sailing with only jib - SailNet Community
Seamanship & Navigation Forum devoted to seamanship and navigation topics, including paper and electronic charting tools.

Reply
 
LinkBack Thread Tools
post #1 of 38 Old 09-23-2007 Thread Starter
Member
 
Join Date: Sep 2002
Posts: 37
Thanks: 0
Thanked 0 Times in 0 Posts
Rep Power: 0
 
sailing with only jib

Is it safe to sail with just the headsail on a fractional sloop? I've never done it and only see masthead rigs doing it for the mostpart. any help on this would be appreciated it!
Loualfr is offline  
Quote Quick Reply Share with Facebook
Sponsored Links
Advertisement
 
post #2 of 38 Old 09-23-2007
Telstar 28
 
sailingdog's Avatar
 
Join Date: Mar 2006
Location: New England
Posts: 43,290
Thanks: 0
Thanked 15 Times in 12 Posts
Rep Power: 14
         
If your rigging is in good shape... I don't see a problem with it.

Sailingdog

To view links or images in signatures your post count must be 10 or greater. You currently have 0 posts.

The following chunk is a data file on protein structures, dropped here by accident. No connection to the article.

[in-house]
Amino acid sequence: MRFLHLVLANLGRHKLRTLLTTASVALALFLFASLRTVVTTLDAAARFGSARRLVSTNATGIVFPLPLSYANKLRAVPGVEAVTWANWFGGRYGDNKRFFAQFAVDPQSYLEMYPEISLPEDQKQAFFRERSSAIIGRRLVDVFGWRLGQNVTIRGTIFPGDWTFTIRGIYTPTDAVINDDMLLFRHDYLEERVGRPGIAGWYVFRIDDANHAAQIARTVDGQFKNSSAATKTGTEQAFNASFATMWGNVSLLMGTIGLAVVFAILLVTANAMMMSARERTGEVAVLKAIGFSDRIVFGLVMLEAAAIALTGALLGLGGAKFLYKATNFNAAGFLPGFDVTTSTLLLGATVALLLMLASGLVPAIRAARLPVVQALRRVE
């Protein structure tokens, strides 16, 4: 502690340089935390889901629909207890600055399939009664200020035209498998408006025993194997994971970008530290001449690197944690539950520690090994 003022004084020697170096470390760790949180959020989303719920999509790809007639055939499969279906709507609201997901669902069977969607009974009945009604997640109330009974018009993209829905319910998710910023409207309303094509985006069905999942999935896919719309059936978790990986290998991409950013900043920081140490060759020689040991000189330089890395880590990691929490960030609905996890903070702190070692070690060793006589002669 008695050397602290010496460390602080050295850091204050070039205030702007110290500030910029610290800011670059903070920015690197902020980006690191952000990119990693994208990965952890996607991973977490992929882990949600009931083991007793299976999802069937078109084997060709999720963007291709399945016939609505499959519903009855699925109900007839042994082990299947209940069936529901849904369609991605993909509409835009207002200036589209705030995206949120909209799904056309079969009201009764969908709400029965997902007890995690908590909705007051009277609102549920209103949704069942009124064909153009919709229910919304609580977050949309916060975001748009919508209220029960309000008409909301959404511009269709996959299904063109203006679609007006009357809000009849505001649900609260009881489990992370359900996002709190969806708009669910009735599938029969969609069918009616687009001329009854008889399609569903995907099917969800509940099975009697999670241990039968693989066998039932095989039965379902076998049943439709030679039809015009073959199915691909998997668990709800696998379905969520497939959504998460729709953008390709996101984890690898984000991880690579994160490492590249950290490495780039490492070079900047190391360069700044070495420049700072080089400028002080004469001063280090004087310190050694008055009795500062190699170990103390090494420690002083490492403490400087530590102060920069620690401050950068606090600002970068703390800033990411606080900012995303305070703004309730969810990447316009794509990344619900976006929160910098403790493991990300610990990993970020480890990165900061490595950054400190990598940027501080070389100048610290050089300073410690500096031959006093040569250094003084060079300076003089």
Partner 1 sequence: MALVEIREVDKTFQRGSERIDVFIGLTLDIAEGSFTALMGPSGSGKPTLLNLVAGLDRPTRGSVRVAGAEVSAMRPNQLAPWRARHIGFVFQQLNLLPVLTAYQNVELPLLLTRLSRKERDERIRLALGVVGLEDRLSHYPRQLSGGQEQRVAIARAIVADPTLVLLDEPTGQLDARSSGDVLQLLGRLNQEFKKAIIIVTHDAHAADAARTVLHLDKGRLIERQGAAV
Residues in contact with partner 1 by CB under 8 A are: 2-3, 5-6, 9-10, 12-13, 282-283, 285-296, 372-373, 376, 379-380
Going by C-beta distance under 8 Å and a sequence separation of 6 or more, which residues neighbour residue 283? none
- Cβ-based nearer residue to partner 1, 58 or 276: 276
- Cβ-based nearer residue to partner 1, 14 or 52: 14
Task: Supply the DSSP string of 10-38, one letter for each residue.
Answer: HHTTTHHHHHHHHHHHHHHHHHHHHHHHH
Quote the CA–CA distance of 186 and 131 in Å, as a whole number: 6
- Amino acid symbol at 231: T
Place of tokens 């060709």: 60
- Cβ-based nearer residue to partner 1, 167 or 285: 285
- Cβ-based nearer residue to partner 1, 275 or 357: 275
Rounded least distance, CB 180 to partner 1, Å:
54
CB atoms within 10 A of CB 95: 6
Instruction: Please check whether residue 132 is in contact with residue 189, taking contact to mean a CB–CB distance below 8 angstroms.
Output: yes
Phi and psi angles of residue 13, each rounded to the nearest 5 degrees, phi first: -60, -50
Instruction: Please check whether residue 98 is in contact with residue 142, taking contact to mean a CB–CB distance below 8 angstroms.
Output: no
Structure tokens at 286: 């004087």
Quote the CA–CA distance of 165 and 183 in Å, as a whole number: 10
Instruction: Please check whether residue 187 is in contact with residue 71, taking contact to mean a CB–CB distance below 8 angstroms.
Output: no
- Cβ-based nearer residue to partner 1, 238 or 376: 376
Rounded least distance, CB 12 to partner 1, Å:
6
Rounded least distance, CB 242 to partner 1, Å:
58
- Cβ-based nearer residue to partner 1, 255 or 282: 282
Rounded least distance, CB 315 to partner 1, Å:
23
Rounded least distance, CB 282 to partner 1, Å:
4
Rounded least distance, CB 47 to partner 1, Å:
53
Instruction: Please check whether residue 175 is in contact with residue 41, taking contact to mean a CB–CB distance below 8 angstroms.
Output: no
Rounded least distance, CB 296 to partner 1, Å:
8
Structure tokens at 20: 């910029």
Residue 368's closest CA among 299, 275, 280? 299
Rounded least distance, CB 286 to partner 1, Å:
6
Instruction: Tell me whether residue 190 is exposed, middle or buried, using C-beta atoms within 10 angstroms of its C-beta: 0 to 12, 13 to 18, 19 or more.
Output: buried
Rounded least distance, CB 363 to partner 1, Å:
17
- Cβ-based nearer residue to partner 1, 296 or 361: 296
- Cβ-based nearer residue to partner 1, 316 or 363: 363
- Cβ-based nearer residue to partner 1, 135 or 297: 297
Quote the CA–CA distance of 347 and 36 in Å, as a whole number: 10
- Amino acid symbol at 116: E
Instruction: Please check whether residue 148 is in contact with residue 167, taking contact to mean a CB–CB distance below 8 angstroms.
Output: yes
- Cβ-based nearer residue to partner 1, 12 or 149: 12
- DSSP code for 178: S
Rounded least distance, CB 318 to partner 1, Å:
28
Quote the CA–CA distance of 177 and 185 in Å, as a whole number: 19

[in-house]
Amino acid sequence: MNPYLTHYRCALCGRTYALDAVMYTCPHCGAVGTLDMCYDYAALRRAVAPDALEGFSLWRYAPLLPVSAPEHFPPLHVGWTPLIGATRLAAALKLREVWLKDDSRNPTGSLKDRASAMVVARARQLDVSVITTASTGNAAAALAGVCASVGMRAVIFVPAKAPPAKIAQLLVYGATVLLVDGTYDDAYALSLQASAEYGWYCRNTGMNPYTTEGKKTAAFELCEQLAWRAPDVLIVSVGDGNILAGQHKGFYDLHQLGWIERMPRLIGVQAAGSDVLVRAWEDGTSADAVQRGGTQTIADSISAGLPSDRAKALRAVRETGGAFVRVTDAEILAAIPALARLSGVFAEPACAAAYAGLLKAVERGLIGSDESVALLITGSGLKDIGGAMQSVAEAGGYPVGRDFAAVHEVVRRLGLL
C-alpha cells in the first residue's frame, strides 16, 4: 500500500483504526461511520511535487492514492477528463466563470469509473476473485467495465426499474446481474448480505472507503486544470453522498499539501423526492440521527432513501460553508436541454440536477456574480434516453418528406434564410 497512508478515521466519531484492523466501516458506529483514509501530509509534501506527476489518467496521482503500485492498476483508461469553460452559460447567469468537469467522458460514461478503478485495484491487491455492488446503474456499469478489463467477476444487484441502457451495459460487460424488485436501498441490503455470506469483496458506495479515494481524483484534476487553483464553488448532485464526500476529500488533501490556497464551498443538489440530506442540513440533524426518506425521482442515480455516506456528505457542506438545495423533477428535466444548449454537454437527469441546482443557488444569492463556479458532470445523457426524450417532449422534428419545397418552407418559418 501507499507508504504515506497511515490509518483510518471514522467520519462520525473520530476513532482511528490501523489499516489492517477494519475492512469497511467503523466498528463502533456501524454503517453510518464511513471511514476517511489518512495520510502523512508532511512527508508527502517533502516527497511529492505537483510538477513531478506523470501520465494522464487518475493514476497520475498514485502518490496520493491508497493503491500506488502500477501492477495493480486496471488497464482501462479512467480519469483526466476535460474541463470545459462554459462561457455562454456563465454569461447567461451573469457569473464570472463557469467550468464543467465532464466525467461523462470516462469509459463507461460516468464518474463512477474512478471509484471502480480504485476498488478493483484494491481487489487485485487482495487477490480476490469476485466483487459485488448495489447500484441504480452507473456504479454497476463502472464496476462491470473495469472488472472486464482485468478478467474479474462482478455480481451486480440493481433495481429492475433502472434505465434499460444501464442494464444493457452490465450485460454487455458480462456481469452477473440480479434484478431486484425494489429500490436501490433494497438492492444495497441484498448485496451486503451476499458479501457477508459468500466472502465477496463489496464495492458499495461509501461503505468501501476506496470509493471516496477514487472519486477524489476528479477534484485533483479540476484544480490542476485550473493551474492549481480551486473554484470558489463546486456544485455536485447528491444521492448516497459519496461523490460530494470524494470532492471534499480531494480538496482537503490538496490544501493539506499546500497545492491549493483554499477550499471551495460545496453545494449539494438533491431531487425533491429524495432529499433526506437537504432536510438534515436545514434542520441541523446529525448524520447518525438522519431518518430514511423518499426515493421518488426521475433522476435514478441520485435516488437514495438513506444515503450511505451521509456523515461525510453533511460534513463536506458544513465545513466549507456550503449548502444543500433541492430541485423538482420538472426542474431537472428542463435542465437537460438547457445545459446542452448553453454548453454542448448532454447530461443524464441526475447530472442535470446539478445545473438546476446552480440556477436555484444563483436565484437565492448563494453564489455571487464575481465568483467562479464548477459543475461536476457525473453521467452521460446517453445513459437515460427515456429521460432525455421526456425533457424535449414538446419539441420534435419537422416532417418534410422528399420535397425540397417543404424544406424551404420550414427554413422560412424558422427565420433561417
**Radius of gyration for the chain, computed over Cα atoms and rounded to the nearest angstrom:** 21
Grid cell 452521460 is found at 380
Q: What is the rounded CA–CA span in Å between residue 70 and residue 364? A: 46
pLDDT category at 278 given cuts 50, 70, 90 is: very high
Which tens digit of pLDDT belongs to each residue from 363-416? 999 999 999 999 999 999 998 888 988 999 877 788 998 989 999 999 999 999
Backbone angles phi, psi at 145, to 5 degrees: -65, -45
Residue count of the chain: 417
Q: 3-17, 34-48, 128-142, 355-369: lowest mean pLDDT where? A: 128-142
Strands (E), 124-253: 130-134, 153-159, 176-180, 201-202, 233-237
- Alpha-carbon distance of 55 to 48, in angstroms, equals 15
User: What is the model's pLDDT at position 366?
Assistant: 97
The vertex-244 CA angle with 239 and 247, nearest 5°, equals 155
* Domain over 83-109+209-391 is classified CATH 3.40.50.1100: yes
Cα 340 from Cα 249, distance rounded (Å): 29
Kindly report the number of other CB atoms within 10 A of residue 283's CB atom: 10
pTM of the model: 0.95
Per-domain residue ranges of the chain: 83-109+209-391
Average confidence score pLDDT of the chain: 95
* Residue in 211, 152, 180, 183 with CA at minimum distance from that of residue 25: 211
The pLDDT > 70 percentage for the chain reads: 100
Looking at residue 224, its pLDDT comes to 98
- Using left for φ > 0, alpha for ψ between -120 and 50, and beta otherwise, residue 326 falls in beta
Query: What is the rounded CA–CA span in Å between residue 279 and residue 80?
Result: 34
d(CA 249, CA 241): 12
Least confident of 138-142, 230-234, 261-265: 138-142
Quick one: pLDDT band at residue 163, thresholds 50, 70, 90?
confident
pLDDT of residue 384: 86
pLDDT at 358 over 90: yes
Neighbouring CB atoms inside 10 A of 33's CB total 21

Telstar 28
New England

You know what the first rule of sailing is? ...Love. You can learn all the math in the 'verse, but you take
a boat to the sea you don't love, she'll shake you off just as sure as the turning of the worlds. Love keeps
her going when she oughta fall down, tells you she's hurting 'fore she keens. Makes her a home.

óCpt. Mal Reynolds, Serenity (edited)

If you're new to the Sailnet Forums... please read this
To view links or images in signatures your post count must be 10 or greater. You currently have 0 posts.
.

StillóDON'T READ THAT POST AGAIN.
sailingdog is offline  
Quote Quick Reply Share with Facebook
post #3 of 38 Old 09-23-2007
Once known as Hartley18
 
Classic30's Avatar
 
Join Date: Aug 2007
Location: Melbourne, Australia
Posts: 4,798
Thanks: 45
Thanked 65 Times in 65 Posts
Rep Power: 9
   
Dock
It's probably safer (if it were ever in doubt) on a fractional rig in a blow than with a masthead rig because:
- The forces acting on the mast will be lower down (not at the masthead).
- Fractional rig headsails tend to be smaller than their masthead counterparts.

--Cameron
Classic30 is offline  
Quote Quick Reply Share with Facebook
post #4 of 38 Old 09-23-2007
Telstar 28
 
sailingdog's Avatar
 
Join Date: Mar 2006
Location: New England
Posts: 43,290
Thanks: 0
Thanked 15 Times in 12 Posts
Rep Power: 14